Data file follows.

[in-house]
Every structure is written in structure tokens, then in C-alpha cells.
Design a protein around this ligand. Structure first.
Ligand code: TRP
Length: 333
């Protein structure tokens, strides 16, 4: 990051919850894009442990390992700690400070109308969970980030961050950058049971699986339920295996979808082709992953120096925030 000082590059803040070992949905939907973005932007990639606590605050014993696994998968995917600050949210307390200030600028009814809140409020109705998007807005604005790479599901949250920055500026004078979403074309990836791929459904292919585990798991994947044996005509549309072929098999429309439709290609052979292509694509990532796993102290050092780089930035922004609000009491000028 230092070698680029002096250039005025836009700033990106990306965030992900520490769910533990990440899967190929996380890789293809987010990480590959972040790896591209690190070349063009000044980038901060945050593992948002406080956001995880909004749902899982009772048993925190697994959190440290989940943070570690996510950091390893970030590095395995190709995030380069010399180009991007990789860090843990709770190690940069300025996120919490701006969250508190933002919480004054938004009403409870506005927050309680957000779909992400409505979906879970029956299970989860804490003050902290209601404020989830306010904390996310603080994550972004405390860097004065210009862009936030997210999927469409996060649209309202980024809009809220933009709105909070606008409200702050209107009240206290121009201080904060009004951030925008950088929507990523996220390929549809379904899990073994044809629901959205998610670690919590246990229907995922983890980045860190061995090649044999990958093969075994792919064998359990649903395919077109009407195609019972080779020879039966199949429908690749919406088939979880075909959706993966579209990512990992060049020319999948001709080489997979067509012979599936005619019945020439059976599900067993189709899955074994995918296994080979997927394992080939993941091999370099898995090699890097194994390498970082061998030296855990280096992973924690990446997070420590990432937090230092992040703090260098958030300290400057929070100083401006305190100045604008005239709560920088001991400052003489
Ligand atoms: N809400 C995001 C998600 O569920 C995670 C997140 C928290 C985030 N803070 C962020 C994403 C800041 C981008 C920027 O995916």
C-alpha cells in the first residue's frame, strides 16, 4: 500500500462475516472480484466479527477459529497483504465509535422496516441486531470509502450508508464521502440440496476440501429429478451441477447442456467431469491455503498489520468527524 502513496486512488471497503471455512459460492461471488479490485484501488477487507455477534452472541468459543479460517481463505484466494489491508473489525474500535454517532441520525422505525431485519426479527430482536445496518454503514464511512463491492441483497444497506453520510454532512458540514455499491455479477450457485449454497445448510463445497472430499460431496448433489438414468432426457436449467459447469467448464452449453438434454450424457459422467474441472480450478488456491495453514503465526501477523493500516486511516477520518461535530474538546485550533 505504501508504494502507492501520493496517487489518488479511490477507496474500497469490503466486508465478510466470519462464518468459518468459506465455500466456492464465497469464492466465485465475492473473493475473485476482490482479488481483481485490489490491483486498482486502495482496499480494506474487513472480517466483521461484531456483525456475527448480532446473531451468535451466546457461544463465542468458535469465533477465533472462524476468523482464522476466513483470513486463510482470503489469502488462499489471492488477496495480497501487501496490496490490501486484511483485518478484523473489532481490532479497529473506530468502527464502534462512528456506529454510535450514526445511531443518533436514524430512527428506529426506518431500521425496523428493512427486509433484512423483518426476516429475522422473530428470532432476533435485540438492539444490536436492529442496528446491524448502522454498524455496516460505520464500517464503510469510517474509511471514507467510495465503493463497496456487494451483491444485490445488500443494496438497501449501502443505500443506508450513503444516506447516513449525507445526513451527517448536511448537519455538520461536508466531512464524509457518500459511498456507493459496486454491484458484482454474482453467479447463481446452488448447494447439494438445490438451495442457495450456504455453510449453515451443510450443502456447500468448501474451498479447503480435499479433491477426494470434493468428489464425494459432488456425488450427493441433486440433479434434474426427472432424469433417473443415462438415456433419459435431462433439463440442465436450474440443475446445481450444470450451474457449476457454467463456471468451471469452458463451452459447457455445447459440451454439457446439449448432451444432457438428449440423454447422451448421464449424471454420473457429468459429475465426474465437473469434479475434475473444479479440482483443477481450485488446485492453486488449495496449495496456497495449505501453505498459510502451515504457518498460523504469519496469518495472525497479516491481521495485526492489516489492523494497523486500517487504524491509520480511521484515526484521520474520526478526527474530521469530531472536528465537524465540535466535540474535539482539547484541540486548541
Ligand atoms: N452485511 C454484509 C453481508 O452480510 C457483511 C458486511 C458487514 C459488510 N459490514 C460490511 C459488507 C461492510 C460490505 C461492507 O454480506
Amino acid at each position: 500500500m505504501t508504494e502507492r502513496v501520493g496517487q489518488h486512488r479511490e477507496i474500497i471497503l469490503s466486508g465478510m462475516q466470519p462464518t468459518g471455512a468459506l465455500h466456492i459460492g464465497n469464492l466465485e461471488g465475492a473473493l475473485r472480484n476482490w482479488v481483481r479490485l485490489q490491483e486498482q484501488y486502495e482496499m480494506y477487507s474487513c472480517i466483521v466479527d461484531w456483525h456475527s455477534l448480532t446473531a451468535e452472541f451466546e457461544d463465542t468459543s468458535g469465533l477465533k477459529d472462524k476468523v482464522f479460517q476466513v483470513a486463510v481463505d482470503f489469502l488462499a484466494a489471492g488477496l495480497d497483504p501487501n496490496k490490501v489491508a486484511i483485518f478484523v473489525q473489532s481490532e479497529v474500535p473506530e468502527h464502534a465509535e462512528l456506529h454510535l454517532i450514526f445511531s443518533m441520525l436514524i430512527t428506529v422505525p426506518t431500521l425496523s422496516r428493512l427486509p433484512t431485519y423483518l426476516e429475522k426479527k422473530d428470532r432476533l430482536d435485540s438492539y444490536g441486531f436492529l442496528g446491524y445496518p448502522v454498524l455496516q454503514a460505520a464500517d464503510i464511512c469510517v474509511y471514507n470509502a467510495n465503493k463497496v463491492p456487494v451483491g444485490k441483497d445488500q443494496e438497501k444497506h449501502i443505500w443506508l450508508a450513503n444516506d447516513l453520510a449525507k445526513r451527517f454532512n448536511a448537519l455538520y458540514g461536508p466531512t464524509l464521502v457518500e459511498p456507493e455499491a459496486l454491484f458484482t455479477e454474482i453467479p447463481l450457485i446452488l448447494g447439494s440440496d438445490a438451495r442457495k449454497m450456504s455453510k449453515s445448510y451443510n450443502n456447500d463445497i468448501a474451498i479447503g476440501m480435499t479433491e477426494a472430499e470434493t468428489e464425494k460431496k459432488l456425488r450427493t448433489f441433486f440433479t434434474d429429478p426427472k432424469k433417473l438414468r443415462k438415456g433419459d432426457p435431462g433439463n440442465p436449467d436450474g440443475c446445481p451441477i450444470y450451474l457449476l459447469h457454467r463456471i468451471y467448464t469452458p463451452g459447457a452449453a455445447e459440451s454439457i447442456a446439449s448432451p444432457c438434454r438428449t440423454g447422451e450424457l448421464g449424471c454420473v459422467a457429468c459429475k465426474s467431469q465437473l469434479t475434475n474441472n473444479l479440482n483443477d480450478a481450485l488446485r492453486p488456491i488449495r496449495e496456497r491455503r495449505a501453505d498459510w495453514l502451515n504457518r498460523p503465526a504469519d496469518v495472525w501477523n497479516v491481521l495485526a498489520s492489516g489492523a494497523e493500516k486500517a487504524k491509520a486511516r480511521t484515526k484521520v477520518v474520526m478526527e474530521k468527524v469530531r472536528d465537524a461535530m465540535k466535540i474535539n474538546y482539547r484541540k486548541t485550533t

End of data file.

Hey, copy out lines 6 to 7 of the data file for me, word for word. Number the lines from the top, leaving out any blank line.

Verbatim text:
């Protein structure tokens, strides 16, 4: 990051919850894009442990390992700690400070109308969970980030961050950058049971699986339920295996979808082709992953120096925030 000082590059803040070992949905939907973005932007990639606590605050014993696994998968995917600050949210307390200030600028009814809140409020109705998007807005604005790479599901949250920055500026004078979403074309990836791929459904292919585990798991994947044996005509549309072929098999429309439709290609052979292509694509990532796993102290050092780089930035922004609000009491000028 230092070698680029002096250039005025836009700033990106990306965030992900520490769910533990990440899967190929996380890789293809987010990480590959972040790896591209690190070349063009000044980038901060945050593992948002406080956001995880909004749902899982009772048993925190697994959190440290989940943070570690996510950091390893970030590095395995190709995030380069010399180009991007990789860090843990709770190690940069300025996120919490701006969250508190933002919480004054938004009403409870506005927050309680957000779909992400409505979906879970029956299970989860804490003050902290209601404020989830306010904390996310603080994550972004405390860097004065210009862009936030997210999927469409996060649209309202980024809009809220933009709105909070606008409200702050209107009240206290121009201080904060009004951030925008950088929507990523996220390929549809379904899990073994044809629901959205998610670690919590246990229907995922983890980045860190061995090649044999990958093969075994792919064998359990649903395919077109009407195609019972080779020879039966199949429908690749919406088939979880075909959706993966579209990512990992060049020319999948001709080489997979067509012979599936005619019945020439059976599900067993189709899955074994995918296994080979997927394992080939993941091999370099898995090699890097194994390498970082061998030296855990280096992973924690990446997070420590990432937090230092992040703090260098958030300290400057929070100083401006305190100045604008005239709560920088001991400052003489
Ligand atoms: N809400 C995001 C998600 O569920 C995670 C997140 C928290 C985030 N803070 C962020 C994403 C800041 C981008 C920027 O995916």